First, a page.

Ryan started The Military Wallet in 2007 after separating from active duty military service and has been writing about financial, small business, and military benefits topics since then. He also writes about personal finance and investing at Cash Money Life.

Ryan uses Personal Capital to track and manage his finances. Personal Capital is a free software program that allows him to track his net worth, balance his investment portfolio, track his income and expenses, and much more. You can open a free Personal Capital account here.

Featured In: Ryan's writing has been featured in the following publications: Forbes,, US News & World Report, Yahoo Finance, Reserve & National Guard Magazine (print and online editions), Military Influencer Magazine, Cash Money Life, The Military Guide, USAA, Go Banking Rates, and many other publications.

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  1. Mr. GoTo says

    To further clarify your article, HSA funds can be used to pay for any eligible medical expenses that were incurred while your HSA account was in place. Thus, you can use HSA funds to reimburse past expenses years later, after you have allowed the account to grow tax free. This is why I never use HSA funds to pay for current medical expenses. I want that tax free growth on tax-free deposits.

  2. K.C. says

    We have a high deductible plan but it is not associated with an HSA. However, it is still a great value. It was offered as one of three health insurance options tied to my wife’s teacher retirement. The difference in premium between the high deductible plan and the low deductible plan, more than pays for the deductible for one of us. In other words, unless both my wife and I reached out deductibles in the same year, we come out ahead with the high deductible on premium savings alone. And like you, we use the savings to fund a budget account to pay out-of-pocket expenses, which are not that bad since we still get the insurance discounts by staying in our provider network. For example, a routine office visit to our primary physician is billed at $90.00. The insurance discount is $30, so we pay $60. If we had the low deductible plan we would have paid a $25 co-pay. So the difference is only $35.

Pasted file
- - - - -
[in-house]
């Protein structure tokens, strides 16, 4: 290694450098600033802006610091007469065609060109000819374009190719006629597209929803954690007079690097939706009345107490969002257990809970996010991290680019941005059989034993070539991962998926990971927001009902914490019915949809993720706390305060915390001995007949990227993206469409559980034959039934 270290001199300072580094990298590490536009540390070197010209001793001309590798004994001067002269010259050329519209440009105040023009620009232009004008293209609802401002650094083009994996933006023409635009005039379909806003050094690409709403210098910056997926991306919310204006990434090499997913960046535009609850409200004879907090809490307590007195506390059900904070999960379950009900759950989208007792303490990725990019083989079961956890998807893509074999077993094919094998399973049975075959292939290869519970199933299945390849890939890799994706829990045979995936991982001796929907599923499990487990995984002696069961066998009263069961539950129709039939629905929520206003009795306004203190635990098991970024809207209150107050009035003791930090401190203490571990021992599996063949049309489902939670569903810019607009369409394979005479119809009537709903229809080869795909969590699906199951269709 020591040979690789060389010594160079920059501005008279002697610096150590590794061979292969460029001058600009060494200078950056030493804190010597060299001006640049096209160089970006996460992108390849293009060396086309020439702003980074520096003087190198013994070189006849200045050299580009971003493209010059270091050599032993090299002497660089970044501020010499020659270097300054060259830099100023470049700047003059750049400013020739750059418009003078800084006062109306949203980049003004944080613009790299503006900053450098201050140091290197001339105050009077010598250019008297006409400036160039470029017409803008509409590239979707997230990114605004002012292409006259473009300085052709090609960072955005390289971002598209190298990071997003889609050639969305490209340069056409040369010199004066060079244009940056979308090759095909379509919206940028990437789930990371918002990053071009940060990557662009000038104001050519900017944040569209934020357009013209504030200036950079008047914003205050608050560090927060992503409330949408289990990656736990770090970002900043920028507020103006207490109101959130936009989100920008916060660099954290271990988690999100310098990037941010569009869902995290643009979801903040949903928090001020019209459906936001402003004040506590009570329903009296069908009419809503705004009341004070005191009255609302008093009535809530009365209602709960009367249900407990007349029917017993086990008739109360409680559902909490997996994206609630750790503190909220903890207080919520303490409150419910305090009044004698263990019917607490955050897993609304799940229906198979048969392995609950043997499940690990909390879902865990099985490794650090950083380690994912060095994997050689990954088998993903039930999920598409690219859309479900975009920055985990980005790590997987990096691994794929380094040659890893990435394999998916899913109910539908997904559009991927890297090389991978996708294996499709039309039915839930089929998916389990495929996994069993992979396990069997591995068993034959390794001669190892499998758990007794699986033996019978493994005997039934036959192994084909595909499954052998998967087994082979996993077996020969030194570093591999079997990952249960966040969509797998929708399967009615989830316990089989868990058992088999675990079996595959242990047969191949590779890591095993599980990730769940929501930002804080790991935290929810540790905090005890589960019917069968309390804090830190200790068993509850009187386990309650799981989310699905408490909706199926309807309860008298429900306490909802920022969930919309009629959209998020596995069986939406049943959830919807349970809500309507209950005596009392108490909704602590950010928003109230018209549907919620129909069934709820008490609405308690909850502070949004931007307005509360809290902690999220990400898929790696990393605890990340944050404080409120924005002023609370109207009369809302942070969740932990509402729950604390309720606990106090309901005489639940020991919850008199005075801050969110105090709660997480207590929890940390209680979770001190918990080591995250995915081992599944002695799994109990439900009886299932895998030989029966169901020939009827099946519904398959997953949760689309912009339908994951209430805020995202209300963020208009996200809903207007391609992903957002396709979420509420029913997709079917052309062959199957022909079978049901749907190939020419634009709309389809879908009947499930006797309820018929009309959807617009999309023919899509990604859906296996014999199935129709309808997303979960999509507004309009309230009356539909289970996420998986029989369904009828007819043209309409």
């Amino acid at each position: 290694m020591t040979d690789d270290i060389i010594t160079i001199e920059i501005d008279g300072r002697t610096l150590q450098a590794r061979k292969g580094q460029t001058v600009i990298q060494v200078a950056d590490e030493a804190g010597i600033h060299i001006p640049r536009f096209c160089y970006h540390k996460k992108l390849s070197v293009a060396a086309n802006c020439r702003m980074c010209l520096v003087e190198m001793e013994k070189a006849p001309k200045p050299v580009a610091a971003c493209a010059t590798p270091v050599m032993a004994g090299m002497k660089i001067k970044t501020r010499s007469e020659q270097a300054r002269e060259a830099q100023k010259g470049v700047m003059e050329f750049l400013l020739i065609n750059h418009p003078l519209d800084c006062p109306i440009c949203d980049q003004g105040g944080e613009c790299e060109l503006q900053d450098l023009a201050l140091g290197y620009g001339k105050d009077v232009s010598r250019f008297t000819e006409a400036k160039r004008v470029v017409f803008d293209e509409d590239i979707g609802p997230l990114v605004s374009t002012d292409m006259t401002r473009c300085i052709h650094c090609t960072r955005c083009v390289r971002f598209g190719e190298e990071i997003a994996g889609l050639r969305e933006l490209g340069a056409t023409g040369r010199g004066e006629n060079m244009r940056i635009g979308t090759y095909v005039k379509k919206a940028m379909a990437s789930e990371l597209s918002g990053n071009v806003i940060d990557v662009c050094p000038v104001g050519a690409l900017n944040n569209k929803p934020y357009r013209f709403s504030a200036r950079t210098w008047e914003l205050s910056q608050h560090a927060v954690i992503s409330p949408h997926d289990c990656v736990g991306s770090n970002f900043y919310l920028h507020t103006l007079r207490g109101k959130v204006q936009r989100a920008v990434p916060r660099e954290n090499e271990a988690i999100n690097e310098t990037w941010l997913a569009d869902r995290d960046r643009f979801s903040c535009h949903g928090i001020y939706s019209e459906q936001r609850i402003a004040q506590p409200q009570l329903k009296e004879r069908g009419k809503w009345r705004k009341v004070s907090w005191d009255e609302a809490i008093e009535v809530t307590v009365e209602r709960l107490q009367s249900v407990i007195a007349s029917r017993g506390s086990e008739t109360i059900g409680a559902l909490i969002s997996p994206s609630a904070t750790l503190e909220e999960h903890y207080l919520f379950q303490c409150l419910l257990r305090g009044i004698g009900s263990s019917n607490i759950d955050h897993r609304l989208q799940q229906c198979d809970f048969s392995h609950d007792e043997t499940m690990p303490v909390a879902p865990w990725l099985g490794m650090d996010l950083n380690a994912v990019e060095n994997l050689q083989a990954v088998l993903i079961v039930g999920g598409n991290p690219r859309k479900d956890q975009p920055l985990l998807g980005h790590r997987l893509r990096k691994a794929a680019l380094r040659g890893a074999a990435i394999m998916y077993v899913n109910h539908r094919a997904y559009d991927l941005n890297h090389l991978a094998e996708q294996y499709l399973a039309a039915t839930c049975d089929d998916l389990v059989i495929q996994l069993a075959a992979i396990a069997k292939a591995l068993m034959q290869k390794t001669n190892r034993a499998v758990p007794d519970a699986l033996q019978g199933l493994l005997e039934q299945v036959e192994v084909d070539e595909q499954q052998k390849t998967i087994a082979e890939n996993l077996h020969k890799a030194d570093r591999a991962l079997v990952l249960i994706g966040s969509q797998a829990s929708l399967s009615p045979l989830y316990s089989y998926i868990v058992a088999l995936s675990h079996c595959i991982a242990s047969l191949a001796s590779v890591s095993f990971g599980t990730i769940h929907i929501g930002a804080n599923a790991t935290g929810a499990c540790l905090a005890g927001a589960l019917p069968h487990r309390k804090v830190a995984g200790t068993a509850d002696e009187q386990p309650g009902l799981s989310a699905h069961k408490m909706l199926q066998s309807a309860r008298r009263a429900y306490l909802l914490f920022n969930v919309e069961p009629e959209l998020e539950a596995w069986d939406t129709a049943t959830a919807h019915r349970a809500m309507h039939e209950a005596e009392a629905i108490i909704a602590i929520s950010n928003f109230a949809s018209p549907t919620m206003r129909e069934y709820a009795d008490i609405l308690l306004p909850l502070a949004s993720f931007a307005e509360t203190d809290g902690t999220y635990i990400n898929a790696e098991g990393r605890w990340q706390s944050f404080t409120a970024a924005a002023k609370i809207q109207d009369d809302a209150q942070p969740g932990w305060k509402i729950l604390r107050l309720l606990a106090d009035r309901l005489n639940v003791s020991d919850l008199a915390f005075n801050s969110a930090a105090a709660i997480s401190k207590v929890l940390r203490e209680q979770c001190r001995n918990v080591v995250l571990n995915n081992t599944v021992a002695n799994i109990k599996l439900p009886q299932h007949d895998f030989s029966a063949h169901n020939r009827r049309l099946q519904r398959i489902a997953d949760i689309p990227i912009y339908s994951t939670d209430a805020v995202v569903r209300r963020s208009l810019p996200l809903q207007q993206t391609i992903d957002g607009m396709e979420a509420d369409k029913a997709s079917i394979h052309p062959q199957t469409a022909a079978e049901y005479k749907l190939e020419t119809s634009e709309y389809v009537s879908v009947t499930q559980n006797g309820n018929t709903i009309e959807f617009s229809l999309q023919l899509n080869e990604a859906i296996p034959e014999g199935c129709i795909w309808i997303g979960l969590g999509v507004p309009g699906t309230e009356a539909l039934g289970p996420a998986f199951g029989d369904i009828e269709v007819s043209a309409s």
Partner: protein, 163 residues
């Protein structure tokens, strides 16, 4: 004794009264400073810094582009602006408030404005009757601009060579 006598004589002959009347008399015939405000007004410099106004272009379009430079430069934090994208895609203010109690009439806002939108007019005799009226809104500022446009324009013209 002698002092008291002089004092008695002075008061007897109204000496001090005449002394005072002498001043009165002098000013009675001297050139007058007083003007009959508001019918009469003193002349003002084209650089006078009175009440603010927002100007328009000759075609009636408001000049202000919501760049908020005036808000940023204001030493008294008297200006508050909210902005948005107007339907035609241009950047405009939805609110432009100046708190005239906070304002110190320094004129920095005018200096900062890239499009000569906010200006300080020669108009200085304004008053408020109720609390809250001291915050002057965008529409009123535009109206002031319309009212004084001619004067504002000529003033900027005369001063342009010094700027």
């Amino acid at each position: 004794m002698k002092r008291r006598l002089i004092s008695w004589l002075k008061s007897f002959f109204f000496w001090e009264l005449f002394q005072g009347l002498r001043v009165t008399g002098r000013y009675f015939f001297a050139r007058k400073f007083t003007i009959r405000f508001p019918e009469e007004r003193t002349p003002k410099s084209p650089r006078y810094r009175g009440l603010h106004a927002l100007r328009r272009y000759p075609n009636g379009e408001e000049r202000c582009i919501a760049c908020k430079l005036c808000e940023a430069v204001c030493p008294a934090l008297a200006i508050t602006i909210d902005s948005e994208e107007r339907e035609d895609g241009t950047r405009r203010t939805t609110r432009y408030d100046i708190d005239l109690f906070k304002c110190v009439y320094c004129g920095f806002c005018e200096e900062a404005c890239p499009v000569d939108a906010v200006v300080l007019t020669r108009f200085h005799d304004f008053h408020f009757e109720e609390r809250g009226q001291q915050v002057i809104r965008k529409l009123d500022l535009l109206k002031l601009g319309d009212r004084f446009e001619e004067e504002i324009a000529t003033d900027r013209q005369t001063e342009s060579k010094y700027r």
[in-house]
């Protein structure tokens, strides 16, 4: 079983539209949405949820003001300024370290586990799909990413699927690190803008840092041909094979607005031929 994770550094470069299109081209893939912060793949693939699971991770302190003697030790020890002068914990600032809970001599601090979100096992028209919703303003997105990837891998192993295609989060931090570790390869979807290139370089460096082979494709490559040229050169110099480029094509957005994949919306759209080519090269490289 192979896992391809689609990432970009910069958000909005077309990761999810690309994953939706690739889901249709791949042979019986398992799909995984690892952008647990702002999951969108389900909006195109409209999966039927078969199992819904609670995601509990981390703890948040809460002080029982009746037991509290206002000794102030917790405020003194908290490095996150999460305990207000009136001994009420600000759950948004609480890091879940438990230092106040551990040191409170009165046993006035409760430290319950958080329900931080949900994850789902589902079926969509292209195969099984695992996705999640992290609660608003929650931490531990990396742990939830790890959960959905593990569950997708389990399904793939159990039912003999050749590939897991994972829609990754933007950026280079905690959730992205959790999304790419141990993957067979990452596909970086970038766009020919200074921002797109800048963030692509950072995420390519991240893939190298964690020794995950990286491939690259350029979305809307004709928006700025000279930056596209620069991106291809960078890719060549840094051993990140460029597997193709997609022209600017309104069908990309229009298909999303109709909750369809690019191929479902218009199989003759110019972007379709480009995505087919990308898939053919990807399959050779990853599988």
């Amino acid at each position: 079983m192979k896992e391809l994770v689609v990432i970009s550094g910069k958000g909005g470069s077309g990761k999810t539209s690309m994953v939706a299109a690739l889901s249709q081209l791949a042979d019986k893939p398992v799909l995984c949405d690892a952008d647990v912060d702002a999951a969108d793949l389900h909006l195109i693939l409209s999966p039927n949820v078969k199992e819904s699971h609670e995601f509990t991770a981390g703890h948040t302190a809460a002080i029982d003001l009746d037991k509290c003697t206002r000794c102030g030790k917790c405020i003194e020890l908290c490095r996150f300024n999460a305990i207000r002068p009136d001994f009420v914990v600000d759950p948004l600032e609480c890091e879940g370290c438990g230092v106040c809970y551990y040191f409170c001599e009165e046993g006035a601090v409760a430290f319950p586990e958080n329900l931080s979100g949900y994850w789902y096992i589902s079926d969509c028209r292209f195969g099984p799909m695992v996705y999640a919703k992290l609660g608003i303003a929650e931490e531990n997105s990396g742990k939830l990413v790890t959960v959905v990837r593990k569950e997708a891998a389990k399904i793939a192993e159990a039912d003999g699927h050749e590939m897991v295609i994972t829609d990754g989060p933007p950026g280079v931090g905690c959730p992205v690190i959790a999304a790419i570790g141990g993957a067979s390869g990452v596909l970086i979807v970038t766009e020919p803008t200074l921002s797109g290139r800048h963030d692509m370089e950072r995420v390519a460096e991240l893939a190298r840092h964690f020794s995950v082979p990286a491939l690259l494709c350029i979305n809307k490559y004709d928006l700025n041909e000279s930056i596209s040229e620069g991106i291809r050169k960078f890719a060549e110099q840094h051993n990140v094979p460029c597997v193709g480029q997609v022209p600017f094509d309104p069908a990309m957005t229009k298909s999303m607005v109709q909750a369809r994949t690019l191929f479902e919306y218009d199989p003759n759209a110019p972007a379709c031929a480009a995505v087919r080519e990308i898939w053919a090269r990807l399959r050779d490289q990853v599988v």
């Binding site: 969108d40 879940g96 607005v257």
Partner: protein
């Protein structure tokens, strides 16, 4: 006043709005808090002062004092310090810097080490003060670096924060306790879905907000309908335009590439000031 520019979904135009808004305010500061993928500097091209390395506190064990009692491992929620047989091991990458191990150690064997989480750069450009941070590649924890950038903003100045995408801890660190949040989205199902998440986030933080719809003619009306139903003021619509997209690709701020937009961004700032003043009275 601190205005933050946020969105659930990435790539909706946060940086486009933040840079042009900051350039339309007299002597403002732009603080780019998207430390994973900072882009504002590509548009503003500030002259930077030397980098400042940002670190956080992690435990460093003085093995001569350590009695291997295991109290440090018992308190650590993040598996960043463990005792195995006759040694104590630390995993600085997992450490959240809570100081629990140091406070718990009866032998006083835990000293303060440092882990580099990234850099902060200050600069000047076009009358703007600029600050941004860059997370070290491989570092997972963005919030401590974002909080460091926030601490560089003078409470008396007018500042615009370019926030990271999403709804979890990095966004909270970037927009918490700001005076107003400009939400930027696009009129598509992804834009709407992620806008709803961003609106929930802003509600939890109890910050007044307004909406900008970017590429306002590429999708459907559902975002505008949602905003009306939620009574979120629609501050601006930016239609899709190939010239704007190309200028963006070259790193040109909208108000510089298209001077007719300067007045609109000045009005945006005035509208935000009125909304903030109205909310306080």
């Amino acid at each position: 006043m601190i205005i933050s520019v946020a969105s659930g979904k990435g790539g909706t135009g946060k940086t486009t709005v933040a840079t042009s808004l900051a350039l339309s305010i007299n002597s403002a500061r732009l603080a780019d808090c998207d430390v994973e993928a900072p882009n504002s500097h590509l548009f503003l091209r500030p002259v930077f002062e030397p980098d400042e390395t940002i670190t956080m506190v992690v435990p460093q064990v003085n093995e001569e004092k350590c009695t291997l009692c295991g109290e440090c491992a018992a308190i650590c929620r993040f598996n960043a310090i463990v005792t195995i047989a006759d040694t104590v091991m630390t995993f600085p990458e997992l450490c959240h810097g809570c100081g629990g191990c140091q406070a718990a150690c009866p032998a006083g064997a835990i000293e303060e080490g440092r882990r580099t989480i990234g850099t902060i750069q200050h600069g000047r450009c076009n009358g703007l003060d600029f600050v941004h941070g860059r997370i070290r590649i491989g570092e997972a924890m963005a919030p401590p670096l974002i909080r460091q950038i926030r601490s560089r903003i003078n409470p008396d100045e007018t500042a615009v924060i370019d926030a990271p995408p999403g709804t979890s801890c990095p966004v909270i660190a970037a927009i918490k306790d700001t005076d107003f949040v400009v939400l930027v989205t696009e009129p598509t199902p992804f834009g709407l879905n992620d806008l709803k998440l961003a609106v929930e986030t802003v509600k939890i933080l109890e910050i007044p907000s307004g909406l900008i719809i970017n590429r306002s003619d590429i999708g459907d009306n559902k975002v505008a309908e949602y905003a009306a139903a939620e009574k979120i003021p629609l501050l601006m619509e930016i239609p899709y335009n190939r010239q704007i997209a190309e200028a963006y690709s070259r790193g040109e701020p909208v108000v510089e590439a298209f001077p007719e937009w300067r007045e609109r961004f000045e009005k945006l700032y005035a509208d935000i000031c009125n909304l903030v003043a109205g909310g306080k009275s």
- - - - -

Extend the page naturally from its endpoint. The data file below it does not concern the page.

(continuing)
What we like about a high deductible plan is that we only pay for the services and products we use, even though we pay out of pocket. With the low deductible plan, we would have paid for services and products whether we used them or not through higher premiums. We have been on this plan for 3 years and have saved $10,200 on the difference between premium and out-of-pocket for the high deductible and the premium alone for the low deductible plan we were offered. It looks like I’ll reach the $4,000 deductible for me for the first time this year due to a recent outpatient surgical procedure. Even at that, we are still ahead $6,200.

    As you point out, chronic illnesses that require regular hospitalization or surgical or other expensive procedures, or are associated with expensive maintenance or therapeutic drugs could eliminate the savings potential in a high deductible plan. Still, it’s worth the time to run the numbers. Depending on premiums, deductibles, co-pays, and other provisions, the high deductible plan might still be the best choice.